Seeds of priestly vocation grew in underground churches during Soviet regime

From underground to lockdown, Deacon Roman Kobyletskyy’s journey to the priesthood spans from worshipping in secret under a Communist regime to an ordination with only a few family and friends because of the COVID-19 pandemic.

Deacon Kobyletskyy will be ordained on May 23 at St. Josaphat’s Ukrainian Catholic Cathedral in Edmonton. Crowd limits mean that only 15 people will be present, but it will be livestreamed so his family overseas can watch.

“It’s not the first time an ordination is going to be with a small number of people. I think that for the first three centuries of Christianity, it was kind of underground ordination because the Church was persecuted … The Church already has that experience,” Kobyletskyy said.

“When you’re living with an underground church, you still have hope that one day the church is going to be free. But living in a Soviet Union, you have more doubts that it’s going to happen during your life.”

The differences are obvious. Under the Soviet Union, the Church was persecuted and the government actively worked against belief in God. Under the COVID-19 crowd limits, being “underground” is voluntary to prevent the spread of a pandemic.

“Here we’re relying even more so on God’s blessings and God’s presence in the world and within our lives,” said Bishop David Motiuk of the Ukrainian Catholic Eparchy. “In times of openness, in times of challenge, God is always present with us. And the Church is always open. The Holy Spirit continues to act.”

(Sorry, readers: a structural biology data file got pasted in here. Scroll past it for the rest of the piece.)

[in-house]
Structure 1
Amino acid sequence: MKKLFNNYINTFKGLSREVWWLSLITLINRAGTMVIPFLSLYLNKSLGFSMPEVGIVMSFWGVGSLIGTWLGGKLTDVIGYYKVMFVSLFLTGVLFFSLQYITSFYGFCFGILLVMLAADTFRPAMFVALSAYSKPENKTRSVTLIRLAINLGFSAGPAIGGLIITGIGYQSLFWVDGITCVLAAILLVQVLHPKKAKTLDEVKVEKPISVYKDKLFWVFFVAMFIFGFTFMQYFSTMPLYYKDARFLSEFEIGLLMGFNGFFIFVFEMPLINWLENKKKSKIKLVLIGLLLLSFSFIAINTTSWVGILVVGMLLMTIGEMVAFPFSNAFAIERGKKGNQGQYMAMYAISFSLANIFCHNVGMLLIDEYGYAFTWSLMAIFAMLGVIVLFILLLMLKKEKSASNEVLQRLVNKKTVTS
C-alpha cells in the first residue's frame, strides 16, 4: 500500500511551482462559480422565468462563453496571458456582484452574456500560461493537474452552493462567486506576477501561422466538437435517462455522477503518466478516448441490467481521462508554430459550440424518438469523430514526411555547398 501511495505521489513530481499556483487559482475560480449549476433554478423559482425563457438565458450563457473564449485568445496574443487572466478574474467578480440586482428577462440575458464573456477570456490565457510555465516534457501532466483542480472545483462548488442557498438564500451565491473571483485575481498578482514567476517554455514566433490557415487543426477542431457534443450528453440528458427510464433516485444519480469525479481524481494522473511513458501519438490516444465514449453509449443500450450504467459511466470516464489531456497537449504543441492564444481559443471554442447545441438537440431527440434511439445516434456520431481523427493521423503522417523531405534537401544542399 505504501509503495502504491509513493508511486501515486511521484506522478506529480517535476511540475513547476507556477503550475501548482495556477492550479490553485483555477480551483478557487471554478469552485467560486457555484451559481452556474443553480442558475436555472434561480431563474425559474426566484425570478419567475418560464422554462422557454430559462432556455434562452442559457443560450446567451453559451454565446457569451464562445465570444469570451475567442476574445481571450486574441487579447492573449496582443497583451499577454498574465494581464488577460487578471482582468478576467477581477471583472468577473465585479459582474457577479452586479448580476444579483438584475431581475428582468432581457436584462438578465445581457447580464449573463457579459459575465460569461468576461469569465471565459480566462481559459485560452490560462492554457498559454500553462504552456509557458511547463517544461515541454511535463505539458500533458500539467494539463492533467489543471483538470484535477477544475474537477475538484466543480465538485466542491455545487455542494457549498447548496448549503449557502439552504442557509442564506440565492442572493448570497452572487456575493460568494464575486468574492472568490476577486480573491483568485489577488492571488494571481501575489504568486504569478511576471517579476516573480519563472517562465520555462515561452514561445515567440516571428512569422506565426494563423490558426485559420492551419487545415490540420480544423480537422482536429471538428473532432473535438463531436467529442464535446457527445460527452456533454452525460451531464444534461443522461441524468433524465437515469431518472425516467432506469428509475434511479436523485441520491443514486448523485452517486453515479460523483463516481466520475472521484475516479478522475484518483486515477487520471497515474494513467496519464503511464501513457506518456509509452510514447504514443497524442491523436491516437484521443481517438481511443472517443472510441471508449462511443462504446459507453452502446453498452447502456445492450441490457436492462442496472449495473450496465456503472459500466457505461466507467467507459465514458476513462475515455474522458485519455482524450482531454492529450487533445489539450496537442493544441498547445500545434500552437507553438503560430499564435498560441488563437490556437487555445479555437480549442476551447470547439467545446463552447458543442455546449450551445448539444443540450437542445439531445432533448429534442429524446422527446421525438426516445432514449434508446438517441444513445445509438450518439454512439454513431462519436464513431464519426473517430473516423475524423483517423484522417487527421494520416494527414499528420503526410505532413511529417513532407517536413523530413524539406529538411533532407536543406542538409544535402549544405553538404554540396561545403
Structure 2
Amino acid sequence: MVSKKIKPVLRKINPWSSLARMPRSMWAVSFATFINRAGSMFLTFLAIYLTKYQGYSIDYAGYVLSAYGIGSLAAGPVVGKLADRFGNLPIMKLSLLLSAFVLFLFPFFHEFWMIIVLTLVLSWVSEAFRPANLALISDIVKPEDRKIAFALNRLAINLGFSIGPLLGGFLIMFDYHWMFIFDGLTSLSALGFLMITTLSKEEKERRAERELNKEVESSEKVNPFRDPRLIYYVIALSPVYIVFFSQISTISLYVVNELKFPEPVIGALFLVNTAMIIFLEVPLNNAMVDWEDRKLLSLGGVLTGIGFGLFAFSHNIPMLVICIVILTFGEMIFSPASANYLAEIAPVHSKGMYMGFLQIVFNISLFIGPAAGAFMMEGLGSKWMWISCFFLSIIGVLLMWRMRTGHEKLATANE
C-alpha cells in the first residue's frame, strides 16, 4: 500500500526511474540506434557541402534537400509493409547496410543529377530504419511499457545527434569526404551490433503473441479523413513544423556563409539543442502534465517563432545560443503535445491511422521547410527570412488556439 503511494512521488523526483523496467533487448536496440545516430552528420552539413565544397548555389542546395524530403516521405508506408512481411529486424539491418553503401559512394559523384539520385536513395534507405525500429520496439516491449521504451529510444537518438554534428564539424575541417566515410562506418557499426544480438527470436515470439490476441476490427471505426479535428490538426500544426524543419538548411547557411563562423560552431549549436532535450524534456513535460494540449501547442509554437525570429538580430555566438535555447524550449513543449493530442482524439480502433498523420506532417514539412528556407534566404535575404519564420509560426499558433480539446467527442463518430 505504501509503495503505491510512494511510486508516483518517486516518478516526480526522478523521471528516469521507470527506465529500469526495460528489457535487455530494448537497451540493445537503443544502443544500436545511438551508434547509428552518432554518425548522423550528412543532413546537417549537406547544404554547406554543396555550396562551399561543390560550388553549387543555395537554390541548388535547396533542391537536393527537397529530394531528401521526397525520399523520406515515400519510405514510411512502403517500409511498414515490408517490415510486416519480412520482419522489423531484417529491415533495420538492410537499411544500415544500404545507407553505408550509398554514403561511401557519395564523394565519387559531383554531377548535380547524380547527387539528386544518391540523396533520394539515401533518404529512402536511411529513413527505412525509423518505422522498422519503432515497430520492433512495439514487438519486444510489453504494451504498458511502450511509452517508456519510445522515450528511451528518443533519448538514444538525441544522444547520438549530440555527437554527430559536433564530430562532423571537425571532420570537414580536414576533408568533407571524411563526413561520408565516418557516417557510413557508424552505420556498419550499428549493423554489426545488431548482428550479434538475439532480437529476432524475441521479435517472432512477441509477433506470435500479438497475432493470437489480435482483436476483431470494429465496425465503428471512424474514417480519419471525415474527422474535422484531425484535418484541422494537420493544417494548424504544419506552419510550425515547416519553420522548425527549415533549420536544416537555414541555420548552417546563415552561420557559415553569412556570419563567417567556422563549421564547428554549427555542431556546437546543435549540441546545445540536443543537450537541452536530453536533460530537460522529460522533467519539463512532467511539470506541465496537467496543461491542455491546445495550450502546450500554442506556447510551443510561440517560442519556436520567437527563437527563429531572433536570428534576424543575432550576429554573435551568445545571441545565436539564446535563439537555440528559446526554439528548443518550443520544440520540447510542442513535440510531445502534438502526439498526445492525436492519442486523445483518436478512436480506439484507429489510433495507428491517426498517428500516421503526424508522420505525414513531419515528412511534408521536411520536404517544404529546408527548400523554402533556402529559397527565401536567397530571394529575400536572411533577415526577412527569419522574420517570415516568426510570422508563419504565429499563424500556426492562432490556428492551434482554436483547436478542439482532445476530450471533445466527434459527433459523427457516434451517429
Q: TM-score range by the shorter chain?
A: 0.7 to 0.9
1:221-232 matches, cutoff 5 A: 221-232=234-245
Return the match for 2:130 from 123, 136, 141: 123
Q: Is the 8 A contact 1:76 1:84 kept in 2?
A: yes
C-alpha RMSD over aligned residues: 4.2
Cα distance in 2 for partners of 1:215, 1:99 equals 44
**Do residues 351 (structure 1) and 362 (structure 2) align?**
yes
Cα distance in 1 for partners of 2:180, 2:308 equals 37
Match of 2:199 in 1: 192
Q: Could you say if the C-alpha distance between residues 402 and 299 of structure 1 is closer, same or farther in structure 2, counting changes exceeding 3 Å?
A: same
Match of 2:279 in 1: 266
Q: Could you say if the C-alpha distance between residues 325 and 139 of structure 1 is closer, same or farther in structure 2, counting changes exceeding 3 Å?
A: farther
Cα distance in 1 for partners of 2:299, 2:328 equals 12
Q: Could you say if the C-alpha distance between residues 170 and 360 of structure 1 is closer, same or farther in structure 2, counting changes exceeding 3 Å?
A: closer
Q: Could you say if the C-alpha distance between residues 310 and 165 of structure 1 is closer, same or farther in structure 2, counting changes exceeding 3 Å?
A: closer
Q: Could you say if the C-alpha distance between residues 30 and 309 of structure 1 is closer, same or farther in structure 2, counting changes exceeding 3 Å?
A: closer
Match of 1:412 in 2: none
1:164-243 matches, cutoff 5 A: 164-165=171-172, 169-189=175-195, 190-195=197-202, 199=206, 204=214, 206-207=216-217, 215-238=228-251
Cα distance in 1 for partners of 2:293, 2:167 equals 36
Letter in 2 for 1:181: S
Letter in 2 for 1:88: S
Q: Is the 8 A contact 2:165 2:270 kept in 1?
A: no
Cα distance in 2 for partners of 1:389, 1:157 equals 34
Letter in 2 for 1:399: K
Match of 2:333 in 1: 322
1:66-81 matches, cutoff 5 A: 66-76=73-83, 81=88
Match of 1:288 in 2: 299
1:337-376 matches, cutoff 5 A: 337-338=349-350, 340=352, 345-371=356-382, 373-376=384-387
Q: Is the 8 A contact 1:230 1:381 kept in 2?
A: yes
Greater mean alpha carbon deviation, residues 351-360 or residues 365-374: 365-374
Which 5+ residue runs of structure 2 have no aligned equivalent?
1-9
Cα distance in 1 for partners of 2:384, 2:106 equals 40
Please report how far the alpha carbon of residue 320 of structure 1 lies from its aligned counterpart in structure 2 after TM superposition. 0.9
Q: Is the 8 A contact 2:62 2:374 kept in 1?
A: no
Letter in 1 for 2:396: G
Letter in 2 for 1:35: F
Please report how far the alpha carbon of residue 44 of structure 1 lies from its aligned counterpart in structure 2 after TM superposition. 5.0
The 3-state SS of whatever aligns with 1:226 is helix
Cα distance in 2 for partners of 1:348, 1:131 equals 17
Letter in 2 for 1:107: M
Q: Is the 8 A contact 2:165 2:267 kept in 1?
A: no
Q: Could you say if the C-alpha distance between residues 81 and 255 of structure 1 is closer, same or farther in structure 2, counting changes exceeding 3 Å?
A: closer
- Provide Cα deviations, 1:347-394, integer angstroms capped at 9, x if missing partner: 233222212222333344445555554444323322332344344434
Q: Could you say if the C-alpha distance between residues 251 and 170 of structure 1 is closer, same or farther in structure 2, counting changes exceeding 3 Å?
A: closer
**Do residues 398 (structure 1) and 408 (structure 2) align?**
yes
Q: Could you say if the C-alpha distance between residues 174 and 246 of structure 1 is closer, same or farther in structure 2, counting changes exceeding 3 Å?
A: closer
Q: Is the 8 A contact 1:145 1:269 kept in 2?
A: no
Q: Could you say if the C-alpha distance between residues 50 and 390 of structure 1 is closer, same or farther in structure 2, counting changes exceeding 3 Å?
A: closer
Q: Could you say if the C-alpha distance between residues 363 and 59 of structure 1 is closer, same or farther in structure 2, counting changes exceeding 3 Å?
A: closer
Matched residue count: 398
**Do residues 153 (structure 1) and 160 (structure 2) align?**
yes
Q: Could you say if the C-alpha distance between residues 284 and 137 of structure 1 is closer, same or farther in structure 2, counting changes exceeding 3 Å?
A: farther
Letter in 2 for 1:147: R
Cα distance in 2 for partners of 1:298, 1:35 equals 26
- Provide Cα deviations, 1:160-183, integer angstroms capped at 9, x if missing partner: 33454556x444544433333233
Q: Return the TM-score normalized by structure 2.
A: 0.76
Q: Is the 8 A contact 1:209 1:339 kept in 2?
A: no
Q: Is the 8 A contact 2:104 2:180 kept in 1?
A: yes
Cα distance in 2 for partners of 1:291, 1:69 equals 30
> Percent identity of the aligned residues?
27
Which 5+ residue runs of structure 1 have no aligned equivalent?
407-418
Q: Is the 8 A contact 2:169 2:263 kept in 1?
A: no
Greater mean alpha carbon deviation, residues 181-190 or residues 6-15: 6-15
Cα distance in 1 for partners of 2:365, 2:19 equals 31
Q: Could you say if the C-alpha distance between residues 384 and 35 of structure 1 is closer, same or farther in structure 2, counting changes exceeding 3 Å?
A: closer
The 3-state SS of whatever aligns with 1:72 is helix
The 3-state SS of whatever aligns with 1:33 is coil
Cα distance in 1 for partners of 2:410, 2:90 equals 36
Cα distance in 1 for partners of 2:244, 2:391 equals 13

For Deacon Kobyletskyy, the “underground church” is a metaphor he uses to describe his ordination, which says has been four decades in the making.

Roman Kobyletskyy was born 40 years ago to Yaroslav and Halyna in Lviv – the largest city in western Ukraine ̶ the youngest of four children and the only boy. At the time it was dangerous to be a Catholic. The country was part of the Soviet Union, so priests and worshippers went underground, celebrating the Diving Liturgy in secret. If caught, they would face arrest, be spirited away, or worse.

“The priest would come to the house and no one knew when exactly he would come because everything was controlled by the government, even phones. They could listen,” Kobyletskyy said. “We knew that on big feasts, like Easter, it’s more likely that the priest would come on a Sunday.

“Our family was active in the underground church,” Kobyletskyy added. “Some priests would come to my house for the liturgy, which had a big impact on my vocation. I saw very nice and good examples of priests, because being a Christian in an underground church meant that you’re going to be persecuted, and to be ready for that, because one time it can happen.”

When the priests were inside their home, the family made noise ̶ sometimes clanging dishes ̶ so that neighbours wouldn’t know what was happening. Sometimes there were natural distractions.

“Sometimes when we forgot to use the dishes, dogs outside would start barking. Even God sometimes helped us,” Kobyletskyy quipped.

Kobyletskyy’s parents taught their children prayer, catechism, and love of God.

Bishop Motiuk said that experience will continue to influence Deacon Kobletskyy as a priest.